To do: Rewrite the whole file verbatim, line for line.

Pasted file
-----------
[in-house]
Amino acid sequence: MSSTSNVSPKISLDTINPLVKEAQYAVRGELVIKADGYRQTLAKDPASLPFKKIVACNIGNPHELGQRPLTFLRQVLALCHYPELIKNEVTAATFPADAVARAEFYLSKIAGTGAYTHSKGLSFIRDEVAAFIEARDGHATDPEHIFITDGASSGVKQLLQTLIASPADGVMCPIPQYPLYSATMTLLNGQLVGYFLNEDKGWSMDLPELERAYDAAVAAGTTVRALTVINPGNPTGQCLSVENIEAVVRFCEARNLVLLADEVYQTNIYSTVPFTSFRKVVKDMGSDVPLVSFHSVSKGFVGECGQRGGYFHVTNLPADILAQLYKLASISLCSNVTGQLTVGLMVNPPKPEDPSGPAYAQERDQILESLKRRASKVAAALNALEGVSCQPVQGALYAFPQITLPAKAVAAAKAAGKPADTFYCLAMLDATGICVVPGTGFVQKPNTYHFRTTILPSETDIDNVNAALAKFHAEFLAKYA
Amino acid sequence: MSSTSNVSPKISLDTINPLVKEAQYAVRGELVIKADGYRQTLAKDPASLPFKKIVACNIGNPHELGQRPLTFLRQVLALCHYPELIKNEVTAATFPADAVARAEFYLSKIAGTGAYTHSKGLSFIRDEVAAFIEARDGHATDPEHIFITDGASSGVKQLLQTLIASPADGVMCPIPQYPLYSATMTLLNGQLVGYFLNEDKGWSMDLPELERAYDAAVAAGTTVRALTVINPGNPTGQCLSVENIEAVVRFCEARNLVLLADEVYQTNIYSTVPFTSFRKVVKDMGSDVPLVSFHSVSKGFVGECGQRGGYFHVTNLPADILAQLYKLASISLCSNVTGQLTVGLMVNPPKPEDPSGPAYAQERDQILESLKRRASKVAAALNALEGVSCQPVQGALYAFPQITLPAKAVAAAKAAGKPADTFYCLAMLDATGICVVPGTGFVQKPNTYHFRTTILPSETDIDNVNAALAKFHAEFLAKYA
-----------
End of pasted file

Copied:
[in-house]
Amino acid sequence: MSSTSNVSPKISLDTINPLVKEAQYAVRGELVIKADGYRQTLAKDPASLPFKKIVACNIGNPHELGQRPLTFLRQVLALCHYPELIKNEVTAATFPADAVARAEFYLSKIAGTGAYTHSKGLSFIRDEVAAFIEARDGHATDPEHIFITDGASSGVKQLLQTLIASPADGVMCPIPQYPLYSATMTLLNGQLVGYFLNEDKGWSMDLPELERAYDAAVAAGTTVRALTVINPGNPTGQCLSVENIEAVVRFCEARNLVLLADEVYQTNIYSTVPFTSFRKVVKDMGSDVPLVSFHSVSKGFVGECGQRGGYFHVTNLPADILAQLYKLASISLCSNVTGQLTVGLMVNPPKPEDPSGPAYAQERDQILESLKRRASKVAAALNALEGVSCQPVQGALYAFPQITLPAKAVAAAKAAGKPADTFYCLAMLDATGICVVPGTGFVQKPNTYHFRTTILPSETDIDNVNAALAKFHAEFLAKYA
Amino acid sequence: MSSTSNVSPKISLDTINPLVKEAQYAVRGELVIKADGYRQTLAKDPASLPFKKIVACNIGNPHELGQRPLTFLRQVLALCHYPELIKNEVTAATFPADAVARAEFYLSKIAGTGAYTHSKGLSFIRDEVAAFIEARDGHATDPEHIFITDGASSGVKQLLQTLIASPADGVMCPIPQYPLYSATMTLLNGQLVGYFLNEDKGWSMDLPELERAYDAAVAAGTTVRALTVINPGNPTGQCLSVENIEAVVRFCEARNLVLLADEVYQTNIYSTVPFTSFRKVVKDMGSDVPLVSFHSVSKGFVGECGQRGGYFHVTNLPADILAQLYKLASISLCSNVTGQLTVGLMVNPPKPEDPSGPAYAQERDQILESLKRRASKVAAALNALEGVSCQPVQGALYAFPQITLPAKAVAAAKAAGKPADTFYCLAMLDATGICVVPGTGFVQKPNTYHFRTTILPSETDIDNVNAALAKFHAEFLAKYA